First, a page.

This is clear when one looks at the April 2020 service sector activity data (Markit PMI) against the stringency of lockdowns as measured by Oxford University researchers. Not surprisingly, Sweden, despite suffering an epidemic in line with Western Europe’s average, experienced far less of a decline in service sector activity compared to countries with much more stringent lockdowns.
For those whom charts and data leave cold, the explanation for this is simple. Events in foreign countries beyond our control did indeed cause businesses’ revenues to fall, as Jonas points out. But the unprecedented experiment of lockdown caused them in many cases to go to zero, with immense consequences. The consequent institutional destruction and loss of jobs is deep and ongoing with every day of continued lockdown.
We stress this, not to score a point, but because we believe that it has important consequences for policy response.
Our economy needs to grow if these many yards of lost ground are to be recovered and if we are to have any chance of ushering in broader upliftment. Growth is a precious flame and kindling it is no mean task. Almost the entire history of man is a tale of stasis under the grip of restrictive authority. Except for the last few centuries, and, for most of that time only in a few regions, have men orchestrated their affairs in a fashion that frees them from the grip of overbearing overlords, allowing creativity and generativity to reign.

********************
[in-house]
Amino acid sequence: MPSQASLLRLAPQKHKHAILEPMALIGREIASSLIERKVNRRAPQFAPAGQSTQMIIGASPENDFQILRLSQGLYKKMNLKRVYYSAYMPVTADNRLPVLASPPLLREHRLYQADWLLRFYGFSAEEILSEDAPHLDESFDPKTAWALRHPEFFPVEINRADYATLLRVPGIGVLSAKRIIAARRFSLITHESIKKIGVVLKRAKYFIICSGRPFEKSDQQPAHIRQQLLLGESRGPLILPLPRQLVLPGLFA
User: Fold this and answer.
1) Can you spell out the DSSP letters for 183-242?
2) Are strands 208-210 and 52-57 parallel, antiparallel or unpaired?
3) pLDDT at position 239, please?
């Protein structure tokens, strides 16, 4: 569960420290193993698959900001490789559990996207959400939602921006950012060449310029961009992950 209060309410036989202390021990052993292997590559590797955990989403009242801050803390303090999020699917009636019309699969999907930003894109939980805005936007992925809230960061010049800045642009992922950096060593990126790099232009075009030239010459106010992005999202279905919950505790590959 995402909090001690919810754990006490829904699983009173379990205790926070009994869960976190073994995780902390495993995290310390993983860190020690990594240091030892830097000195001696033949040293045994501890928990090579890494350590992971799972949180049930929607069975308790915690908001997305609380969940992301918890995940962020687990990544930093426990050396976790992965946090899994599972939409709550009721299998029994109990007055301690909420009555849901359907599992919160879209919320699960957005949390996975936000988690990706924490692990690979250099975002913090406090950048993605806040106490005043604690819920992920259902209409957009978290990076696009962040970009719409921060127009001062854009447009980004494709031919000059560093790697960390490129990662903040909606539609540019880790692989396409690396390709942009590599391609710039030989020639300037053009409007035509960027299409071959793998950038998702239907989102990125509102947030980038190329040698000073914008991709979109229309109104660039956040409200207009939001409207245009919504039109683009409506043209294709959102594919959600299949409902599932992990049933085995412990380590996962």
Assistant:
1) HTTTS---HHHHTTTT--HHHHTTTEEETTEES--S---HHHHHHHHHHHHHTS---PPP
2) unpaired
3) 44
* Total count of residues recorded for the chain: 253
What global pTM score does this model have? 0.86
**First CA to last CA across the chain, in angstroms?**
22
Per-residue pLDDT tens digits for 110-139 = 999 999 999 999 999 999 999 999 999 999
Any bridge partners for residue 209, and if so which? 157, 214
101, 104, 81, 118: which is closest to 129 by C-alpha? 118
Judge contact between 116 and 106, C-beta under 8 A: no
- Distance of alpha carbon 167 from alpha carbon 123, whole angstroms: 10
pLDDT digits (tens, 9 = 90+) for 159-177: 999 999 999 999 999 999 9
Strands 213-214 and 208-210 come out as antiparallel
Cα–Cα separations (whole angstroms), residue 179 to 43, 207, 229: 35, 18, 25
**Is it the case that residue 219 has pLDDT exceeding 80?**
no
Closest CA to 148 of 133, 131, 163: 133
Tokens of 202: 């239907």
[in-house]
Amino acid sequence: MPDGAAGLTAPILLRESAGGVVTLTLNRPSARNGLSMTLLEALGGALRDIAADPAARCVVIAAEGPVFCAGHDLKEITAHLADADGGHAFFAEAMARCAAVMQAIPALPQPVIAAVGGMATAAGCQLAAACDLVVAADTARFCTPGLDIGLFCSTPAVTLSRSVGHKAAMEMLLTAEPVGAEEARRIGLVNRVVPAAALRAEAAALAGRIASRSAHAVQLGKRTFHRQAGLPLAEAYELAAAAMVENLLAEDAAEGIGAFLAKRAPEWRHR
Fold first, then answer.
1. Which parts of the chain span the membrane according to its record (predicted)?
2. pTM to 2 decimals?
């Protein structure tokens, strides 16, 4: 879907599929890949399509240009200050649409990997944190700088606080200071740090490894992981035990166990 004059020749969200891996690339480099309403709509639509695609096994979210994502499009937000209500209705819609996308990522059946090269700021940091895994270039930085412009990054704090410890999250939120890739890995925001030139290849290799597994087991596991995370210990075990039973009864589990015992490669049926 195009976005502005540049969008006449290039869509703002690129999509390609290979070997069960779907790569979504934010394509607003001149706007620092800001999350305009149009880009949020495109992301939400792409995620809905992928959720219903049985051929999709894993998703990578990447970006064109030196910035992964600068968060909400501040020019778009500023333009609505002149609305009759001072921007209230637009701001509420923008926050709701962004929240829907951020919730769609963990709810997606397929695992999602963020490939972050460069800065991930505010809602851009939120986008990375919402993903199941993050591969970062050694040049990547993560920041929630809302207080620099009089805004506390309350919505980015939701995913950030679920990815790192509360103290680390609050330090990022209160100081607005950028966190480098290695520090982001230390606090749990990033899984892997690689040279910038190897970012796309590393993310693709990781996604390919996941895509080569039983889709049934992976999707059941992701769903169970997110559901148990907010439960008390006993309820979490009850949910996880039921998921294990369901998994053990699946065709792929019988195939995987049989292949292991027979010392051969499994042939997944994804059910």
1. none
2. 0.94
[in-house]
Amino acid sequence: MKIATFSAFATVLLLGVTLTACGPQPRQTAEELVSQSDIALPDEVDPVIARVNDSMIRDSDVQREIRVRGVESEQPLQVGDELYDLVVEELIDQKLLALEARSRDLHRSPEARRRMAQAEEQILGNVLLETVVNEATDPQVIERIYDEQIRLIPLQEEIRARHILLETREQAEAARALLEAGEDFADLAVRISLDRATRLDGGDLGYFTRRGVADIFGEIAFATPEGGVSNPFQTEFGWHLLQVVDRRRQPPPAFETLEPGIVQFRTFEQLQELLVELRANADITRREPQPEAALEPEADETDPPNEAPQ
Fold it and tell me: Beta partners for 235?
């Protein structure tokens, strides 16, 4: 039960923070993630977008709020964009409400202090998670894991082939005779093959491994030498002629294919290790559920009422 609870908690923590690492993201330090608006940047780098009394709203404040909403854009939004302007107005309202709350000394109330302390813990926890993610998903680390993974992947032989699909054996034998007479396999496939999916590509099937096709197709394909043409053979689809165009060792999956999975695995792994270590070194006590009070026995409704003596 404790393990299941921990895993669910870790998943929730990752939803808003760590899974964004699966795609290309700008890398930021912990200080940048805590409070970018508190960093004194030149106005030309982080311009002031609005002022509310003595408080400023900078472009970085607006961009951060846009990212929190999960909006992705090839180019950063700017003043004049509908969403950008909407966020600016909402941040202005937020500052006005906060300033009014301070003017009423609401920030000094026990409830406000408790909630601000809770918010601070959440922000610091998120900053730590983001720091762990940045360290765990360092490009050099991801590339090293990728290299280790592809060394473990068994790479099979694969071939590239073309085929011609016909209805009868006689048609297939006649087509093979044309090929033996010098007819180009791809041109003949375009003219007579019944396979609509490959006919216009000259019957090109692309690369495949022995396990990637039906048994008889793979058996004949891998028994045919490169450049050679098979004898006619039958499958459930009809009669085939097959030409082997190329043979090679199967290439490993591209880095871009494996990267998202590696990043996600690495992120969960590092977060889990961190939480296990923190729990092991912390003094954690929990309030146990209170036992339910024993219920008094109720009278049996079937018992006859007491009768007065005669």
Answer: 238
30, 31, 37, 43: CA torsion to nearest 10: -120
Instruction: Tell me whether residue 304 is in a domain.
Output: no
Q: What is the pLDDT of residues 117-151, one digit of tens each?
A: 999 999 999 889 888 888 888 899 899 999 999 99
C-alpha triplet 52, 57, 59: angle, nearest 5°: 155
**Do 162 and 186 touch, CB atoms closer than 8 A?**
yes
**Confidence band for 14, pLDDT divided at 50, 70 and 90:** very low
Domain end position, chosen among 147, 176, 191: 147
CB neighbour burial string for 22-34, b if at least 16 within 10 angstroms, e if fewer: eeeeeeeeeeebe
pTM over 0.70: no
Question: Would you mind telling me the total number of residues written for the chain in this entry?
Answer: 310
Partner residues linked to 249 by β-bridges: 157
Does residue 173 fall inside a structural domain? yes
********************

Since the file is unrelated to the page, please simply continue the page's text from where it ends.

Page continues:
Pernicious authority has taken many forms — tribal, monarchic, clerical, colonial and socialist. A creeping culture of centralisation has turned institutions sclerotic. This has throttled innovation that had previously thrived, and snuffed out the spirit of community that kept local hierarchies fit for purpose and able to provide a real check on excessive centralisation of power. The elites at the top of these national and supernational bureaucracies, corporate and governmental, now prosper at the expense of everyone else, ending a happy and unprecedented period during which poverty, disease and illiteracy had been profoundly in retreat.